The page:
Aagh, Superbugs!! They’re Everywhere!!
Did I scare you?!
Just kidding. They’re not everywhere… yet… (dun dun DUHN!) 😉
If you’ve been reading this blog for a while, you’re probably familiar with my strong aversion towards superbugs…but, if not, it’s still okay… ’cause I’m gonna go out on a limb and get really vulnerable with you guys. I’m going to tell you about one of my deepest, darkest childhood fears… don’t judge. 😉
The year was 1990-something…
It was right around bedtime, and my family was all together watching Dateline (or maybe it was Nightline)… either way… Doom & Gloom. There was a particularly riveting episode this night.
The topic… Staph Infections… of the flesh-eating variety.
My wide-eyed, unsuspecting, 10 (or 11)-year old self sat captivated in front of the TV, paralyzed in fear… and a gripping fascination.
I consumed every second of their foreboding story of a woman’s life-threatening battle with a deadly form of flesh-eating Staph infection. They showed vivid images (which I will spare you in description of), and spoke of the nearness of these bacteria… lurking in public restrooms… community pools… and yes… even playgrounds.
And I thought, Oh… Dear… God… this is the end of us.
(don’t worry Mom, I don’t remember having nightmares that night. 😉 )
Needless to say, they painted a gruesome picture that my unassuming young self took and ran with. Fast forward to today… I’ve armed myself with a little more knowledge on the subject , and luckily, am much less afraid since I know we actually have more power over the fate of our future in health and treating infections than I may have previously thought! (although, admittedly, I’m still a little freaked out by the occasional Dateline exposé! 😉 )
So, even though I’ve written a few times about various superbuggy things… For arguments sake, I want to make sure everyone’s on the same page, and cover a few basics before diving into the hows of reducing your risk of getting caught by one of these menacing critters!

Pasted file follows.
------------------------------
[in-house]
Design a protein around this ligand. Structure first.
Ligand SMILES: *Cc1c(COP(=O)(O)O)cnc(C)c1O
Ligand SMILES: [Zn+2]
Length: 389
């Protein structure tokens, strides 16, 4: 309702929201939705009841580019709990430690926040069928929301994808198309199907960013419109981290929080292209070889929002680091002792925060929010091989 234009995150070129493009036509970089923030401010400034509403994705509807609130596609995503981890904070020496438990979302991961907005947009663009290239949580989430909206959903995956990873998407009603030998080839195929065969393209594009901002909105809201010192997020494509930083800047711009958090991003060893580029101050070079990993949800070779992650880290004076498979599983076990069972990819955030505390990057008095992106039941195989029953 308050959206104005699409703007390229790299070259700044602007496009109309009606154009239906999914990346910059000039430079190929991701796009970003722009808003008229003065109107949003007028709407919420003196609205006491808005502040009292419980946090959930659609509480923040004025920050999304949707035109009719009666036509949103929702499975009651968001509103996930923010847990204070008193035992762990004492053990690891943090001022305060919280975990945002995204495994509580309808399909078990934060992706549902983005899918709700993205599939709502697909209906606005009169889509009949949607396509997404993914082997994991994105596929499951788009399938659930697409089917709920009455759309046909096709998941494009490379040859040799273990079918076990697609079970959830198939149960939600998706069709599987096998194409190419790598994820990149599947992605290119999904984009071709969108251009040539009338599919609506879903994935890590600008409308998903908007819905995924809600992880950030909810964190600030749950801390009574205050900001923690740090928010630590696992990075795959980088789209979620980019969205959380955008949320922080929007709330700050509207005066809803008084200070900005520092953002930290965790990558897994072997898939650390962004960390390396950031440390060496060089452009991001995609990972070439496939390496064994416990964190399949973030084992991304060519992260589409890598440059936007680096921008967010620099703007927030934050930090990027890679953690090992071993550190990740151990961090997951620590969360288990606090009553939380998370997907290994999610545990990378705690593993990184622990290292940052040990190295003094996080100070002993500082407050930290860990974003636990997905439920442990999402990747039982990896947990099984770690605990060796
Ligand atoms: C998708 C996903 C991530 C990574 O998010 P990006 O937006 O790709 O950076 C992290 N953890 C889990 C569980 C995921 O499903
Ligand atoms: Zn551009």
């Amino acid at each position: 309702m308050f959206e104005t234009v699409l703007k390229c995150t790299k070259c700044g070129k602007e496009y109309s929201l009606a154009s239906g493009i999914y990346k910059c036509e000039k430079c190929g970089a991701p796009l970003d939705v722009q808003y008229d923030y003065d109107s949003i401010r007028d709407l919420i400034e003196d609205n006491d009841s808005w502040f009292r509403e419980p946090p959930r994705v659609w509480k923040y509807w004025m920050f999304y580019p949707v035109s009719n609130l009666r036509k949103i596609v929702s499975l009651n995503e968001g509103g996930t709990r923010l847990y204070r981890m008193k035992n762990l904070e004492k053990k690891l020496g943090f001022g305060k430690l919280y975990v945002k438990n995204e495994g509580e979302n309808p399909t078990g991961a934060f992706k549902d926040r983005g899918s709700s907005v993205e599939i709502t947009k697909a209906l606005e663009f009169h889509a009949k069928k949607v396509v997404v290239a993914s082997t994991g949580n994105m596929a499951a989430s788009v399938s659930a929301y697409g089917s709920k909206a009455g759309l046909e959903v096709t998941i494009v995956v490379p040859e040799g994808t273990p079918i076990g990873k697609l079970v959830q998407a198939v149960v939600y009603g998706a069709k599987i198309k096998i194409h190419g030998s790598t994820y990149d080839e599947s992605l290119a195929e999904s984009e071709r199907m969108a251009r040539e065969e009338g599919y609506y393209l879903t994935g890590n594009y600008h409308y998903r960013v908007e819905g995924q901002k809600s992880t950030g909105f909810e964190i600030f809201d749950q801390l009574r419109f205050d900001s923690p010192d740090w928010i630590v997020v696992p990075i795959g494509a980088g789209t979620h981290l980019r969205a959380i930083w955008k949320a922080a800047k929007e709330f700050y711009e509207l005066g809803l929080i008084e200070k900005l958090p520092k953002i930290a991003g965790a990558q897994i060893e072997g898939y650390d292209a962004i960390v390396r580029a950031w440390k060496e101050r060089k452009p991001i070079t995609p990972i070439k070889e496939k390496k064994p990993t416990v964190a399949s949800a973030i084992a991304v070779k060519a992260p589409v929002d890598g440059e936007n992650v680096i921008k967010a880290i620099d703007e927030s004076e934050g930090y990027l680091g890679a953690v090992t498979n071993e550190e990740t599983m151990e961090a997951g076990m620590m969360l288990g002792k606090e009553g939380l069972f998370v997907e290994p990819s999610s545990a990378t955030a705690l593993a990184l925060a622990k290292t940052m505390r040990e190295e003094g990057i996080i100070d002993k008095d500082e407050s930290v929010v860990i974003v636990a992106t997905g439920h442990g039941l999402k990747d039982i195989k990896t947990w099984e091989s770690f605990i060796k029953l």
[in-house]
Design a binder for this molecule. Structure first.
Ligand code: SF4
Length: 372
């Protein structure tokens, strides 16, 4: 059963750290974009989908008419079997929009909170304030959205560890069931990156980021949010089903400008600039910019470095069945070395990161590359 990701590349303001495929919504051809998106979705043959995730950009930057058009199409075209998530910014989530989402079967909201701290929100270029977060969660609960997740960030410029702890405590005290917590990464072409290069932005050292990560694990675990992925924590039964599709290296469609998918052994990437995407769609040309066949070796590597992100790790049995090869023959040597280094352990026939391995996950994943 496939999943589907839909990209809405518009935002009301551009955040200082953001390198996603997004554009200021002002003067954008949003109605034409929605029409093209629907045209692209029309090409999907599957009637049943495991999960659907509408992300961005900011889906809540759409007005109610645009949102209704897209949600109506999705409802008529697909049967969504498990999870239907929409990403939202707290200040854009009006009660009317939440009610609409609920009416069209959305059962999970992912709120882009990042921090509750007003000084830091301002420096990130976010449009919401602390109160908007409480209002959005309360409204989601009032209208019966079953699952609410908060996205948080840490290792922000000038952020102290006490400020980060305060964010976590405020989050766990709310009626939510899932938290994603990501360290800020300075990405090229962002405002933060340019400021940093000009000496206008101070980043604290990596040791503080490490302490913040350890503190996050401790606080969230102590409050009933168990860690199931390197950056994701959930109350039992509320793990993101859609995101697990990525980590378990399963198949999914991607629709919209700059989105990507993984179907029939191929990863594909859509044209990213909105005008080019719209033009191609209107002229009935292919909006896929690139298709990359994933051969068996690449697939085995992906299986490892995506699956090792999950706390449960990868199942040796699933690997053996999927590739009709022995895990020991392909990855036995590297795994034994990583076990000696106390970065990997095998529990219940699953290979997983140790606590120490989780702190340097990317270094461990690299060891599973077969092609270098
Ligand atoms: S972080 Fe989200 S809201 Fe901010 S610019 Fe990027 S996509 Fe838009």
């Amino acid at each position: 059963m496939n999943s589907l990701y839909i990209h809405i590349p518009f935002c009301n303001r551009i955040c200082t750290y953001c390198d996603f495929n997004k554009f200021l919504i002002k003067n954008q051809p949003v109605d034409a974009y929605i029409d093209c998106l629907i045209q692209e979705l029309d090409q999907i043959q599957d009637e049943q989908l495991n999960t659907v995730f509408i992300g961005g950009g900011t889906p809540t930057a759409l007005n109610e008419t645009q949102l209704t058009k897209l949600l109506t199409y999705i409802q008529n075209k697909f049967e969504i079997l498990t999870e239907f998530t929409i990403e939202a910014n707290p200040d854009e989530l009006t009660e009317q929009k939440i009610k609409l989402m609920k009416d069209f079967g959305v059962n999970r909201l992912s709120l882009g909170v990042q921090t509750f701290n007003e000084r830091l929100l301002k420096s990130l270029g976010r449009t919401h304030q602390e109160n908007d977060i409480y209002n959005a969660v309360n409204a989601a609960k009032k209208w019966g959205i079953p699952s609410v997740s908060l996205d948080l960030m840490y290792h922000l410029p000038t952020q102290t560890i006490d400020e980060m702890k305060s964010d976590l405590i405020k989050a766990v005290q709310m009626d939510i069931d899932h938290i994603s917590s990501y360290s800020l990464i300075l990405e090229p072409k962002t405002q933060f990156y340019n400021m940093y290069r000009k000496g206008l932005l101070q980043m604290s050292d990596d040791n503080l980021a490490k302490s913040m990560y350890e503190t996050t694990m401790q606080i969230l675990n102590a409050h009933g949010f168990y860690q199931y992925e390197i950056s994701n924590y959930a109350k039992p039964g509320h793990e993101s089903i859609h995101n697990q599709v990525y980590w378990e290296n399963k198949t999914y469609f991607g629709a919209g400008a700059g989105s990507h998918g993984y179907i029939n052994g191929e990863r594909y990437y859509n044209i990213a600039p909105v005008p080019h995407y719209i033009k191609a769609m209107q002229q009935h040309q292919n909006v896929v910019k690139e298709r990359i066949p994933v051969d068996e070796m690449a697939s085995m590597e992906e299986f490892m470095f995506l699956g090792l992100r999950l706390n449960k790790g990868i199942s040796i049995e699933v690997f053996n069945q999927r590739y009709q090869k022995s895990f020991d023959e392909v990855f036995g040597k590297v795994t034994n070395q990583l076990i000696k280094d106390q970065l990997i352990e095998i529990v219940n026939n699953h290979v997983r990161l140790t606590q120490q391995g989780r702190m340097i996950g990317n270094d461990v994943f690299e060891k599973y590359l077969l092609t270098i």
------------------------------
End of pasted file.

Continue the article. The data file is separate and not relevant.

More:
What’s a Superbug?!
I think Websters does a nice job of defining them succinctly…
SUPERBUG: a pathogenic microorganism and especially a bacterium that has developed resistance to the medications normally used against it
Layman’s terms: A superbug is a type of infection that is hard to treat because it’s built up a resistance to commonly used antibiotics.
Think bugs with super powers and capes on.
Examples of Superbugs…
There are actually (unfortunately) several types of bacteria that have become resistant to the antibiotics we have available, but to spare you, I’m going to cover the two that are most common in the patients I deal with every day.
MRSA (Methicillin-Resistant Staphylococcus Aureus)
Mr. Staph Aureus has been around for a while, he’s a generous guy who likes to pass out all kinds of goodies. In all seriousness though, S.aureus can cause “painful skin and soft tissue conditions such as boils, scalded-skin syndrome, and impetigo. More serious forms of S.aureus infection can progress to bacterial pneumonia and bacteria in the bloodstream—both of which can be fatal.” (source) Not fun. 🙁
When Penicillin was first introduced in the 1940’s, it was effective at treating S.aureus among a myriad of other infections. It’s use was widespread and Penicillin was marketed as a “Wonder Drug” that everyone should be taking.
Unfortunately, In the late 1940’s, however, we began to see forms of S.aureus that had become resistant to penicillin (source)…
But wait! In the early 1950’s, due to the declining effectiveness of our wonder drug Penicillin… a new drug was released, Methicillin… and all was right with the world again!
Until it wasn’t.
It took Mr. Aureus a mere decade to mutate and build up his super powers against this new drug…
Are you guys beginning to see a pattern?
Now that this form of bacteria has become so hard to treat, we have to bring out the big guns. These “big guns” (antibiotic drugs like Vancomycin) are pretty effective at treating MRSA infections… for now… but unfortunately come with a costly toll, since they have plenty of associated side effects, including (but not limited to…) respiratory and cardiac complications, gastrointestinal upset (putting it mildly), and (the most troublesome issue I’ve seen…) can cause Major kidney damage.
It’s likely that you or someone you know has been affected by this increasingly common superbug. According to the CDC, about 2 in every 100 people carries MRSA, and unfortunately, due to misinformation about antibiotic use and sanitation, this number is growing. (source)